When a woman wears a sexist brand, does it empower a fellow
woman to take pride in her gender identity or does it encourage
that bystander to further objectify the female gender? Past
research has established behavioral effects showing that math
scores of women decrease when gender identity is threatened
(Fredrickson, Roberts, Noll, Quinn, & Twenge, 1998; Logel,
Walton, Spencer, Iserman, von Hippel, & Bell, 2009; Steele,
1997). However, this stereotyped performance is just one aspect
of how women may change when confronted with a gender
identity threat. It has also been found that women try to
distinguish themselves from their gender social group when the
low status of women is made salient to protect their collective
self-esteem (Cohen & Garcia, 2005). We wanted to uncover if
sexism relates to collective self-esteem, social perception, and
performance. In sum, the purpose of this research project was
threefold: 1) Do potentially sexist brands activate stereotype
threat and influence math performance? 2) Does seeing a fellow
woman wearing a sexist brand influence perception and result in
defensive distancing? and 3) Does wearing a sexist brand lead to
negative perceptions of that wearer?
Participants: 195 Women. Average age = 19.4 years.
•20-item math exam taken from GRE Practice Tests
•13-item PAQ: Personal Attributes Questionnaire
•16-item CSE Scale: Collective Self-Esteem Scale
•30-item Sex-Role Ideology Scale
Procedure: Participants watched the a confederate woman giving
test-taking advice (video) in one of the three conditions. Then
participants took the math test and completed a series of
Self Respecting
University of Wisconsin Green Bay
Defensive Distancing
Does exposure to a sexist brand activate sexist schemas
leading to stereotype threat, reaction in how the self is
viewed, and influences in how the wearer of the brand is
viewed? 195 female participants watched a video in which a
confederate gave test taking advice wearing either the
Hooters® logo, Syracuse logo, or no logo. Participants
engaged in more defensive distancing and had a greater
negative perception of the Hooters® logo wearing
confederate than any other condition. Participants felt better
about themselves in We provide strong empirical evidence
of the objectifying effect of sexist brands.
Stephanie Freis, Amy Weise, Krystal VanHoff, & Regan A. R. Gurung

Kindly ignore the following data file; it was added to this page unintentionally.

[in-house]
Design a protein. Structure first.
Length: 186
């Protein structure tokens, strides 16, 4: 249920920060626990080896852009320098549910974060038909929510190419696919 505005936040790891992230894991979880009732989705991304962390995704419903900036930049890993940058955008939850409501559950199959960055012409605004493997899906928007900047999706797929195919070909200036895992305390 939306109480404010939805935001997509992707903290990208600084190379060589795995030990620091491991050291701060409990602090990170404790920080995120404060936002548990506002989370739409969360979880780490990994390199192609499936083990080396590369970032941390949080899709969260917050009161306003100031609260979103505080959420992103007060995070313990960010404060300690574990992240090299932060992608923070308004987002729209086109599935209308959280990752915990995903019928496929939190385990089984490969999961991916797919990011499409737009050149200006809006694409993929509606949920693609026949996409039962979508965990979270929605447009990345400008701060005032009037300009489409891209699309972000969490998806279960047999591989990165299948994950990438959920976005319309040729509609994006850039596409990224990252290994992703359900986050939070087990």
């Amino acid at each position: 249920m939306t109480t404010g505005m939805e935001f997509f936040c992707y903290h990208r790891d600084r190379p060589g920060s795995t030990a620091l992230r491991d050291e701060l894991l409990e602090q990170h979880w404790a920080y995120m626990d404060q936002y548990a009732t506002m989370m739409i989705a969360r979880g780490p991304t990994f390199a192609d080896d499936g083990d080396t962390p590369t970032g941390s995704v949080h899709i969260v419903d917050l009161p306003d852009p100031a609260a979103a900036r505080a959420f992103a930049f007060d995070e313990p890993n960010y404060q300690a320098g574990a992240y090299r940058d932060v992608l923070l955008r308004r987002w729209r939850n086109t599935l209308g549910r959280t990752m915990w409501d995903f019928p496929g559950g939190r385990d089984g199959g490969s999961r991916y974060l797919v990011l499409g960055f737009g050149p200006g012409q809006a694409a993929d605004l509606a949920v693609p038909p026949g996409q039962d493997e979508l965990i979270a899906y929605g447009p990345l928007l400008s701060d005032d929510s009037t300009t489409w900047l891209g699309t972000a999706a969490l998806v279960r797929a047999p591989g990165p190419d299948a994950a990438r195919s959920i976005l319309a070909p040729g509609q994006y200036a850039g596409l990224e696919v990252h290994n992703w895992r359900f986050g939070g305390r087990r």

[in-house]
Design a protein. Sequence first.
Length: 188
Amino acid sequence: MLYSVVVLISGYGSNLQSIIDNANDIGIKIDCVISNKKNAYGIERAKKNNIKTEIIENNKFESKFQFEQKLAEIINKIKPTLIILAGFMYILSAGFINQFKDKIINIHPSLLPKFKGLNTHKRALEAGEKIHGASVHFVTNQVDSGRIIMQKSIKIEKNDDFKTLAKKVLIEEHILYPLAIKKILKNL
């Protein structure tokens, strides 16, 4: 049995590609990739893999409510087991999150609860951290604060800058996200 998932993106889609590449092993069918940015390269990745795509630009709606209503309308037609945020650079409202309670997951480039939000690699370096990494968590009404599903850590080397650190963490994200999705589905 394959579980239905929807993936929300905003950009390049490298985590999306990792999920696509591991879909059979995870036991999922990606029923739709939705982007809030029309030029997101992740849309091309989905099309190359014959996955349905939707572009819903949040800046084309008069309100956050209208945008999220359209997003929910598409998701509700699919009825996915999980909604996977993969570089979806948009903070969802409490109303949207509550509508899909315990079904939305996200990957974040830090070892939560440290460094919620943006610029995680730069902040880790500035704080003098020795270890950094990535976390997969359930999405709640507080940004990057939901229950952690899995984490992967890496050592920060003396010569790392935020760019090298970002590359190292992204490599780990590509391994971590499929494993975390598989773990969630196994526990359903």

• Participants distanced themselves farther from the confederate
in the Hooters® shirt than in the Syracuse or no logo condition.
• The confederate woman was rated more negatively when
wearing the Hooters® logo shirt than any other shirt.
• No significant differences were found on the math test or the
Sex-Role Ideology Scale.
• CSE subscales, Membership and Importance to Identity, were
significantly correlated to Total Distancing in PAQ scores.
No Logo
Confederate Ratings
While Western culture has the common belief that the media
objectifies women, it also has the same belief that women can
empower others by taking hold of their sexuality and be proud to
show it. From this study, we found the claim of empowerment to
be false. It did not matter what participant’s feminism vs. sexism
values were; every woman had similar reactions to the sexist
brand. Participants were more likely to engage in defensive
distancing and form a poorer view of the confederate woman in
the video when she was wearing a Hooters® shirt than when she
wore a Syracuse shirt or a shirt with no logo. Furthermore,
individuals who perceived significant membership or identity in
the social group of women, were more vulnerable to the
influence of another woman confirming the stereotypical role by
wearing a sexist logo. Sexism, even when subtly reflected in a
brand, has enough power to significantly influence a fellow
woman’s perception of not only the person sporting the logo but
of herself as well.
The main limitation of this study arose in our math test.
Although all material was from GRE materials, we believe
significant differences were not found due to the level of
difficultly and lack of motivation for the exam.
Self Respecting
No Logo
Presented at the 2011 American Psychological Association’s Annual Conference. Washington D.C. [email protected]
In sum, we found that strong effects of sexism. No matter what a
woman’s belief on sexism, these results suggest that a woman
wearing a sexist brand will contribute to the maintenance of male
dominance in our society and will at the same time hinder her
own social group. Consequently, it would be most beneficial to
female bystanders and women as a social group to diminish the
endorsement of sexist logos.

Sexist Brands - University of Wisconsin